2010 Henry Allen Moe Prize
Spring General Meeting
The American Philosophical Society’s 2010 Henry Allen Moe Prize in the Humanities is awarded to Clyde Barker in recognition of his Jayne Lecture delivered to the members of the Society on November 9, 2007, and published in the Society's Proceedings, March 2009, entitled "Thomas Eakins and His Medical Clinics."
The central theme of Barker’s paper is a great American painting, Thomas Eakins’ The Gross Clinic (1875). Barker shows that the characteristics ascribed to Eakins by his contemporaries – boorish, eccentric, outrageous – had a secure basis in fact. Moreover, he exploits contemporary accounts in order to understand the background both of this painting and of another of Eakins’ masterpieces, The Agnew Clinic (1889). He shows how both portraits reflect their subjects – the flamboyant Gross, the "Emperor of American Surgery," and the aloof, patrician Agnew. Between the painting of the two pictures occurred the revolution brought about by the acceptance of antiseptic surgery, largely through the efforts of the Scotsman Joseph Lister. Gross was contemptuous of this innovation, whereas Agnew embraced it wholeheartedly. Another change was the growing use of electric rather than natural light in operating rooms. The pictures reflect these changes as much as the character and style of the subjects. Gross, dressed in ordinary clothes, dominates the frame as he gestures rhetorically in a dark operating room; Agnew, dressed in a white surgical smock, stands to the left of the frame under a strong electric light. Barker has much to say on other aspects of Eakins: the sexual scandals, his exploration of photography, and the effect of his personality on those closest to him. While Barker claims "no expertise as an art critic or art historian," this wonderful study will surely enter the literature on Eakins and on the history of American painting.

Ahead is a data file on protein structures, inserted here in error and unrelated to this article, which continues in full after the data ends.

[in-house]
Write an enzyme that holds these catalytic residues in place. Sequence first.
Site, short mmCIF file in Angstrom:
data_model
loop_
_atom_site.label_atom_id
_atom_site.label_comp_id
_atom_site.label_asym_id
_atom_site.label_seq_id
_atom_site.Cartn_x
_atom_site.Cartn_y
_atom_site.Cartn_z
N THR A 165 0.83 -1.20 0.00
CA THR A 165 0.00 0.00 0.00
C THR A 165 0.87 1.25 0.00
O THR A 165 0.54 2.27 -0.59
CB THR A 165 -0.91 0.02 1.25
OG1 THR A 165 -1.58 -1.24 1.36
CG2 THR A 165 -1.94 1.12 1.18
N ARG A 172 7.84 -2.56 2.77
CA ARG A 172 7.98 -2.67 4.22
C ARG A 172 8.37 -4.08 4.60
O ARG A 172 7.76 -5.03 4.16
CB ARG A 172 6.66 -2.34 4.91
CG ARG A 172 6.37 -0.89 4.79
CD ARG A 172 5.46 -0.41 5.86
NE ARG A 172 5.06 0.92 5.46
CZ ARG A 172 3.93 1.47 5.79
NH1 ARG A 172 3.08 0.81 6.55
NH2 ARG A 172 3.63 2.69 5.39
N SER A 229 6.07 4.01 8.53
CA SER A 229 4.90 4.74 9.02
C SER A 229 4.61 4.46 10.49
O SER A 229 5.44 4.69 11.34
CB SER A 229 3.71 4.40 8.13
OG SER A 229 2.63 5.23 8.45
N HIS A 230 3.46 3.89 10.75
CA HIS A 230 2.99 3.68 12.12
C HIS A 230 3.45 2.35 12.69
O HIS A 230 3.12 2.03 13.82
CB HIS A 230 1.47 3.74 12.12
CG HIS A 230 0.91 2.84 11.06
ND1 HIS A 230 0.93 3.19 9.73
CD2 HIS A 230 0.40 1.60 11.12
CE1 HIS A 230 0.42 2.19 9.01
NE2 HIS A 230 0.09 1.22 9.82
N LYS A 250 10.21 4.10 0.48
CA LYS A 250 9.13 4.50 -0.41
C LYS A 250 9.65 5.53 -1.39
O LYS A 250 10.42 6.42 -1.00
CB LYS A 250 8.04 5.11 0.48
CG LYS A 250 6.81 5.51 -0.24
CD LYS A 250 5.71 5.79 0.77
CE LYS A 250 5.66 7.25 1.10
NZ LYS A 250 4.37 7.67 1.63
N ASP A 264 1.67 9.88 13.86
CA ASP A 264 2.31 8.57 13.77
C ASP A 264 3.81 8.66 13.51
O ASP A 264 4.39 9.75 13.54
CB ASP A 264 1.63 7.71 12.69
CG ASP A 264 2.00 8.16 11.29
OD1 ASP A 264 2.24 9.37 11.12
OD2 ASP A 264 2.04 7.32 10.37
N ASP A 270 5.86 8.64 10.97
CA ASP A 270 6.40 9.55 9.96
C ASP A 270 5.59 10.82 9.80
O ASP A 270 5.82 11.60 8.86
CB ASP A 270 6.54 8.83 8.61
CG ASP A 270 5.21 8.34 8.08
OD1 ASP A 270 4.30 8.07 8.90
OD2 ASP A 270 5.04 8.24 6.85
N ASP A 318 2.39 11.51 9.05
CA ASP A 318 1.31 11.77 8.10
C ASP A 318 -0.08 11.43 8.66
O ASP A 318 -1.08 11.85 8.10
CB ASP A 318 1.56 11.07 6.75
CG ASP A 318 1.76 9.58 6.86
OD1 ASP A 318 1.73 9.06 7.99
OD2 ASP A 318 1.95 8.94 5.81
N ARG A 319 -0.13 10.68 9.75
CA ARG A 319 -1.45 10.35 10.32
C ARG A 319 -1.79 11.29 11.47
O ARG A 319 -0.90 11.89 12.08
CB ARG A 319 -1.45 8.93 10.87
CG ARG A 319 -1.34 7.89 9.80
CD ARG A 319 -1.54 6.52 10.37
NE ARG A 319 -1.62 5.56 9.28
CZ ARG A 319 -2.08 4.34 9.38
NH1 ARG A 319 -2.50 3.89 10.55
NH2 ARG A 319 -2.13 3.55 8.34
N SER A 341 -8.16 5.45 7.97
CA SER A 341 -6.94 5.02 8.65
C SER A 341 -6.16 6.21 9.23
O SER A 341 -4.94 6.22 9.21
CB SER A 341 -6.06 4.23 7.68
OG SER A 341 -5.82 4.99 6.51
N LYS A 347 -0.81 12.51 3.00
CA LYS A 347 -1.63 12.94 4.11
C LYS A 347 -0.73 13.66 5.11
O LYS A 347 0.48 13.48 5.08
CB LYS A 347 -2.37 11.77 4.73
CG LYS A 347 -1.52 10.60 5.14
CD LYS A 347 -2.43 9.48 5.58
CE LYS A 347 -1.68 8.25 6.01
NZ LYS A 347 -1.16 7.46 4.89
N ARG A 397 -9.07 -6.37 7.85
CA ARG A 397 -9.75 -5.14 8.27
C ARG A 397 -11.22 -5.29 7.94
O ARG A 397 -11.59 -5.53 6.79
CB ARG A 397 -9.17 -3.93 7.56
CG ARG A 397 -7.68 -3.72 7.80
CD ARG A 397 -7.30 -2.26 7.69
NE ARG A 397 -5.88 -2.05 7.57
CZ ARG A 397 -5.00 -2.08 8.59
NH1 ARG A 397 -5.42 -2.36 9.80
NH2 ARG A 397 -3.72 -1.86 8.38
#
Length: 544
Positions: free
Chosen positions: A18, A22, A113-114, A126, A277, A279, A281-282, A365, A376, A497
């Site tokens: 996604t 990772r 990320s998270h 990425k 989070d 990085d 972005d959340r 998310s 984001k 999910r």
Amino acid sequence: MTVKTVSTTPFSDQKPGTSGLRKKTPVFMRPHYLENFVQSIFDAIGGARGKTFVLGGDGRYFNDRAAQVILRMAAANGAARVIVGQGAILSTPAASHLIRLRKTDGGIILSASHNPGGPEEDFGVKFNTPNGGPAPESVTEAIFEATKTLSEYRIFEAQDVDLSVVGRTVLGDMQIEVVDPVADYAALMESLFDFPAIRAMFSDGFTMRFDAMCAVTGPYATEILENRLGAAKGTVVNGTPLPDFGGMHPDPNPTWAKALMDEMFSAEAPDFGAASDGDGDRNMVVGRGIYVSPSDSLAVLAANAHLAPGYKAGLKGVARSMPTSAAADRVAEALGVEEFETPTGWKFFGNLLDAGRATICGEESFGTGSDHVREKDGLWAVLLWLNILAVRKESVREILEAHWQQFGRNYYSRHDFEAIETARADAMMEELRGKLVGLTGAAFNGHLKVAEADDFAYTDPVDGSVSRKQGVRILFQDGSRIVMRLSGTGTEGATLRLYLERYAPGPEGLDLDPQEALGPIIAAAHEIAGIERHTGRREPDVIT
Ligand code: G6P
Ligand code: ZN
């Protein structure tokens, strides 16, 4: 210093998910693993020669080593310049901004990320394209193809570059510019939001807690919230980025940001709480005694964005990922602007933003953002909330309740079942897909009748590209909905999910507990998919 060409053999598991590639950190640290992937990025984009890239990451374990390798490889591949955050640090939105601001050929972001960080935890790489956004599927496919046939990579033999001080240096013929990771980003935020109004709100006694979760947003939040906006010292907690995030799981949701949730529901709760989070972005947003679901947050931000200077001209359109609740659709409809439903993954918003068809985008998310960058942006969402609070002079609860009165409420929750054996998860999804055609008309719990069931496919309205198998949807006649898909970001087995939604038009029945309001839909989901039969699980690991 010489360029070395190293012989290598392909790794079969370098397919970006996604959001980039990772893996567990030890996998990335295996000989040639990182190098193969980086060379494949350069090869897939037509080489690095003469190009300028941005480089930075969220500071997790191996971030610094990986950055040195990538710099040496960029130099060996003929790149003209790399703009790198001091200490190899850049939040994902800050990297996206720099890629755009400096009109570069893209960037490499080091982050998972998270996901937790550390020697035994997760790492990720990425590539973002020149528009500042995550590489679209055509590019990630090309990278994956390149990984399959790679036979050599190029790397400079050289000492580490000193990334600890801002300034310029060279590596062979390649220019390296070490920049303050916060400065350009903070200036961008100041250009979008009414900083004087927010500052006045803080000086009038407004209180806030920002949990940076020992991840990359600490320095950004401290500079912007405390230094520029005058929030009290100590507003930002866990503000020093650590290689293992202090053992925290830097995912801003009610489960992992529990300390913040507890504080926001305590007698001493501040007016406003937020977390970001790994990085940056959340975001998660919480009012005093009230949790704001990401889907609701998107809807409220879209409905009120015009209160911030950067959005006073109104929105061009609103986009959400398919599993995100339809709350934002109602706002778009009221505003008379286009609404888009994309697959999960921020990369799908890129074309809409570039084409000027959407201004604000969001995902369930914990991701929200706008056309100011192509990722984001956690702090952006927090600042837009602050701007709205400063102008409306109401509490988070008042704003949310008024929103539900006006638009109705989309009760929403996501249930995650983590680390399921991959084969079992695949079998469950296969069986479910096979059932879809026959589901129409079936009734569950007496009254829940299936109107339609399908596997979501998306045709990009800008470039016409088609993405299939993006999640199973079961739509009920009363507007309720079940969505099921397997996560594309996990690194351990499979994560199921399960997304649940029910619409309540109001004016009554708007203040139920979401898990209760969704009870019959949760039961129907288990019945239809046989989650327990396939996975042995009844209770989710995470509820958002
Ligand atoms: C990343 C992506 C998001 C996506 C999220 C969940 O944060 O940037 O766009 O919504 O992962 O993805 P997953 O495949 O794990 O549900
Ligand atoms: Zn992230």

Clyde F. Barker was appointed to the faculty of the University of Pennsylvania in 1966. Since then he has been Chief of Transplantation Surgery, Chief of the Division of Vascular Surgery, John Rhea Barton Professor, chairman of the Department of Surgery, and Director of the Harrison Department of Surgical Research. Dr. Barker’s research interests have been primarily in transplantation, especially transplantation of the kidney and pancreas and of isolated pancreatic islets. He has authored more than 400 scientific papers. He is recognized as one of the leading investigators in the transplant field in the United States. He initiated the Hospital of the University of Pennsylvania’s transplant program in 1966 and is credited with building it into the largest and most successful program in the area. Dr. Barker was elected to the American Philosophical Society in 1997 and has served as its Vice President since 2005.
Endowed by Edith N. Moe in 1982, the prize honors Henry Allen Moe, paying particular tribute to his firm commitment to the humanities and those who pursue them. Early in his career, Dr. Moe became President of the Guggenheim Foundation, and for the next forty years shaped and ran the organization to become one of the nation’s chief benefactors of creative scholars, scientists, and artists. Dr. Moe served as President of the American Philosophical Society from 1959 to 1970.
The Moe Prize Selection Committee consists of chair Christopher Jones, George Martin Lane Professor of the Classics and History at Harvard University; Louis Begley, novelist and former partner at Debevoise & Plimpton; and Elfriede R. Knauer, Consulting Scholar of the Mediterranean Section at the University of Pennsylvania Museum of Archaeology and Anthropology.